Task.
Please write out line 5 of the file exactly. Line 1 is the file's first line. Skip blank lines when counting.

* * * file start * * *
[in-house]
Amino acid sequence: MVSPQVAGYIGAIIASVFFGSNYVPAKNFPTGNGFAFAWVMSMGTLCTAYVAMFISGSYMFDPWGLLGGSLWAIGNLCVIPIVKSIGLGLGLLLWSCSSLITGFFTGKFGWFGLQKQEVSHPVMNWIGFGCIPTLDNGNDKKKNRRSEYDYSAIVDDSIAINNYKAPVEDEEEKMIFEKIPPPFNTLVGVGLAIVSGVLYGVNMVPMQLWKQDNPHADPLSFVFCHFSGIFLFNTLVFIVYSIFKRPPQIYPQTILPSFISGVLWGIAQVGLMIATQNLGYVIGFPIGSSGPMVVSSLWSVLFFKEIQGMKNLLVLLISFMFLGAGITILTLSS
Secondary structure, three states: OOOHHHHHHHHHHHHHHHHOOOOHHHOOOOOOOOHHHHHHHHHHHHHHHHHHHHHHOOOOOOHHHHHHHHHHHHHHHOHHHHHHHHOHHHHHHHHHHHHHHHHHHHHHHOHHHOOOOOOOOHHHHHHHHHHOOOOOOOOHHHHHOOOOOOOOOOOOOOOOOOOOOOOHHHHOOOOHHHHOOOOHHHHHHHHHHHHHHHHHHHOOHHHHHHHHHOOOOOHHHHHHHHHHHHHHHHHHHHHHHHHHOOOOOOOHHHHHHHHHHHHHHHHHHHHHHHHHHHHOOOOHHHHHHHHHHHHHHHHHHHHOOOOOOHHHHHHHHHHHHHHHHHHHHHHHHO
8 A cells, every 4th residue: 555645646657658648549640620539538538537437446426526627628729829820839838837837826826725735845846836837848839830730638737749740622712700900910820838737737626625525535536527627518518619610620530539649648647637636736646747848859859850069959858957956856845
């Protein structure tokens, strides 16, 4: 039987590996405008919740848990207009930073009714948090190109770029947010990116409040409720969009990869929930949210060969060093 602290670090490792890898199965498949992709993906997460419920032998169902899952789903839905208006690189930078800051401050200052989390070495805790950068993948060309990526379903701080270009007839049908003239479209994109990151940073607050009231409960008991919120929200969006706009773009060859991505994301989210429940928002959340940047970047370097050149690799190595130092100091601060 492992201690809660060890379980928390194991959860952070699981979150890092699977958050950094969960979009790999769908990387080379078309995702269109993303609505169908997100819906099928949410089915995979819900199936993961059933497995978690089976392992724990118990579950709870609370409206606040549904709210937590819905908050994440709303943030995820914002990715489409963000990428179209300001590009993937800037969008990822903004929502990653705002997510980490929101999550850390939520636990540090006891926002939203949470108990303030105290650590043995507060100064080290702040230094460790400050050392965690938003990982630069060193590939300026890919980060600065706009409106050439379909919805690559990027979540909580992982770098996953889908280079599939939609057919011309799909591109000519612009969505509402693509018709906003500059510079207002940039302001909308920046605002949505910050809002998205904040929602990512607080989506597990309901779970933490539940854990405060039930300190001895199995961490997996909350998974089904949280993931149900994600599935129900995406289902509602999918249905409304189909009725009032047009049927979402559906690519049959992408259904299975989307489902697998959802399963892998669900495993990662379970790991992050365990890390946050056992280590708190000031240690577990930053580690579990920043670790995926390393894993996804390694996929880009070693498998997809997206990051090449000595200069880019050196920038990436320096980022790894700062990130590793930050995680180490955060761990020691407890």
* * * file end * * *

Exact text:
């Protein structure tokens, strides 16, 4: 039987590996405008919740848990207009930073009714948090190109770029947010990116409040409720969009990869929930949210060969060093 602290670090490792890898199965498949992709993906997460419920032998169902899952789903839905208006690189930078800051401050200052989390070495805790950068993948060309990526379903701080270009007839049908003239479209994109990151940073607050009231409960008991919120929200969006706009773009060859991505994301989210429940928002959340940047970047370097050149690799190595130092100091601060 492992201690809660060890379980928390194991959860952070699981979150890092699977958050950094969960979009790999769908990387080379078309995702269109993303609505169908997100819906099928949410089915995979819900199936993961059933497995978690089976392992724990118990579950709870609370409206606040549904709210937590819905908050994440709303943030995820914002990715489409963000990428179209300001590009993937800037969008990822903004929502990653705002997510980490929101999550850390939520636990540090006891926002939203949470108990303030105290650590043995507060100064080290702040230094460790400050050392965690938003990982630069060193590939300026890919980060600065706009409106050439379909919805690559990027979540909580992982770098996953889908280079599939939609057919011309799909591109000519612009969505509402693509018709906003500059510079207002940039302001909308920046605002949505910050809002998205904040929602990512607080989506597990309901779970933490539940854990405060039930300190001895199995961490997996909350998974089904949280993931149900994600599935129900995406289902509602999918249905409304189909009725009032047009049927979402559906690519049959992408259904299975989307489902697998959802399963892998669900495993990662379970790991992050365990890390946050056992280590708190000031240690577990930053580690579990920043670790995926390393894993996804390694996929880009070693498998997809997206990051090449000595200069880019050196920038990436320096980022790894700062990130590793930050995680180490955060761990020691407890």